“Here’s something for you to put down…”
These are the first lyrics you hear from the enigmatic L.A. singer/songwriter Sarabeth Tucek. What a song that opening track, a memorable one it is, and it is one that I had heard years before when she was a member of the Brian Jonestown Massacre. A few years back when she was working with ever-reclusive genius Anton Newcombe, Sarabeth collaborated with him on the track “Seer.” I’ll never forget the first time I heard “Seer,” the lyrics “I’ve gone and left you a song” were shared with me by a former flame after she left. It’s one hell of a song to give to a former love and to this day I’m grateful that she did. She knew how much I loved Brian Jonestown Massacre and adored the female voice.
When I put in Sarabeth’s debut disc, and those first lyrics came on, I knew that song but in a different light. The song that I once knew as “Seer” has been stripped down, or de-Anton-ized if you will, and now called “Something For You.” I prefer this version without the echo and effects. You can really hear Sarabeth’s Nico-esque voice come through in this mix.
Nico is the perfect jumping off point when trying to pin point the sound of Sarabeth’s voice. But Sarabeth goes much deeper than the former Velvet Underground vocalist; I like to think her vocals are a mixture of Nico and 10,000 Maniacs’ Natalie Merchant. She’s the perfect chanteuse that not many people have had the pleasure of hearing, though she has been fortunate enough to open for the likes of Bob Dylan, Black Rebel Motorcycle Club and Ray Lamontagne.
Speaking of Ray Lamontagne, his producer Ethan Johns, known for his work with Ryan Adams, along with Kings of Leon Luther Russell, helmed production duties on Sarabeth Tucek. Her debut CD is anything but your normal singer/songwriter acoustic album. Johns and Russell compliment Tucek’s exceptional voice with just the right instrumentation. Just check out “Holy Smoke.” Good choice to layer the backing track with feed-backing and rhythmic guitars. It sounds kind of like an amalgamation of Ryan Adams and The Velvet Underground with Sarabeth crooning “God said…I gave you a song…for you to keep for your own.” Johns and Russell’s riffs match the lyrical intensity of Tucek’s fascinating prose.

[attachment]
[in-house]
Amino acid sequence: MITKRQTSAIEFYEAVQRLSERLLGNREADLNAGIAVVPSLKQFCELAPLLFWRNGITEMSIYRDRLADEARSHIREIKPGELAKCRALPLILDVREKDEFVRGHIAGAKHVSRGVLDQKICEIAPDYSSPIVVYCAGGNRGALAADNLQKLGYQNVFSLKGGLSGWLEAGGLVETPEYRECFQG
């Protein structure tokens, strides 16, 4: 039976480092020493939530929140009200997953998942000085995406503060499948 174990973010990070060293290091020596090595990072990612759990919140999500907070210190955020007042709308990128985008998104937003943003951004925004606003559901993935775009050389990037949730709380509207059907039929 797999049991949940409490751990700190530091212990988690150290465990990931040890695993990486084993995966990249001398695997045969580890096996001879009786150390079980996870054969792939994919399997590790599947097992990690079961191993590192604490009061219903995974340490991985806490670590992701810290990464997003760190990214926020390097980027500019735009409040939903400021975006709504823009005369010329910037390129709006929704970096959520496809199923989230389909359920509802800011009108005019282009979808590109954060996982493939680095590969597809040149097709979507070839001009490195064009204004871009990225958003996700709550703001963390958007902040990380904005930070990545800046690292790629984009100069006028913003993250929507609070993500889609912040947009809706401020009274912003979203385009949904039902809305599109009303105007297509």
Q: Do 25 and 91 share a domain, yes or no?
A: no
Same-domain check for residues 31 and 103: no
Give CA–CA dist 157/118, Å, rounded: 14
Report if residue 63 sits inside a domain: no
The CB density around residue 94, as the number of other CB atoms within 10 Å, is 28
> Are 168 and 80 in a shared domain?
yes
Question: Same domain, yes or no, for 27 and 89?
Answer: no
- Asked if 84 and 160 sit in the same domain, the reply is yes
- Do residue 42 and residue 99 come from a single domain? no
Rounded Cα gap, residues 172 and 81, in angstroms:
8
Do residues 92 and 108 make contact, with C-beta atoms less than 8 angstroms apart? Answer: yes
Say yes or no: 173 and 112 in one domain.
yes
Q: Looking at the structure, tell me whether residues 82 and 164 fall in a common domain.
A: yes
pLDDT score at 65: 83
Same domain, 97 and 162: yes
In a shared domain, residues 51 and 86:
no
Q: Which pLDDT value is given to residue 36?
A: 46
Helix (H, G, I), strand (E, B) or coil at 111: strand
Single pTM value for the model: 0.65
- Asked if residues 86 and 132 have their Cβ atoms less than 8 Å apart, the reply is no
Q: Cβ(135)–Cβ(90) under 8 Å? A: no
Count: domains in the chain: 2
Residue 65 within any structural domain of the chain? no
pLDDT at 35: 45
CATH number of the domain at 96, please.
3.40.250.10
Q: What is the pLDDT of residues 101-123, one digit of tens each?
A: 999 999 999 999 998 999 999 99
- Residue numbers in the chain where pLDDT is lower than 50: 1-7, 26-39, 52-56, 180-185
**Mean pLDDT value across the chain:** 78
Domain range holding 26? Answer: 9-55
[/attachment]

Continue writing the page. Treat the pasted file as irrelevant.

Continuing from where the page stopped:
“Hey You” is a sultry and smoky number that would sound perfect at a Jazz club. I love the Johns pedal steel guitar wails complementing Tucek’s sexy vocal as she sings to a former flame. This seems to be the overall theme of Sarabeth Tucek; the songs sound like lyrical odes to an intense love that has since perished. The organ on “Come Back, Balloon” sounds like one you would hear at a procession at a church symbolizing the end of an affair. Then the banjo and harmonica comes out of nowhere and turns “Come Back, Balloon” into a beautiful alt-country lament over someone she left behind.
There’s a lot of depth in Tucek’s vocal that carry most of the songs into the realm of timelessness, and I do like the simplicity in some of the arrangements, like in the beautiful “Nightlight,” especially the intimate piano keys playing in the background as a perfect accompaniment to Tucek’s amazing lyrics. One of my favorite songs has to be “Hot Tears.” It starts off with an acoustic guitar strumming along to Sarabeth’s heart aching vocal and then turns into an electric number, when she sings “Then you’ll lay me down/ don’t let anyone come around,” as those killer guitar riffs come in like a reigning flashback from a movie you want to revisit again.
Sarabeth Tucek’s debut CD is more than a painful ode to heartbreak; I liken her songs to a soundtracked homage to love, a love that most of us yearn to experience. There’s beauty, hope and pain layered through out this emotional and exceptional album. Sarabeth Tucek is a vocalist with a classic vibe and post-modern sound that needs to be experienced. When she sings “Guess you’ve always been the one…when there’s no one left to call/ I’m blowing kisses as I fall,” you long to be the one who’s catching those imaginary kisses.
Nico – Chelsea Girl
The Tyde – Three’s Co.
Mazzy Star – So Tonight That I Might See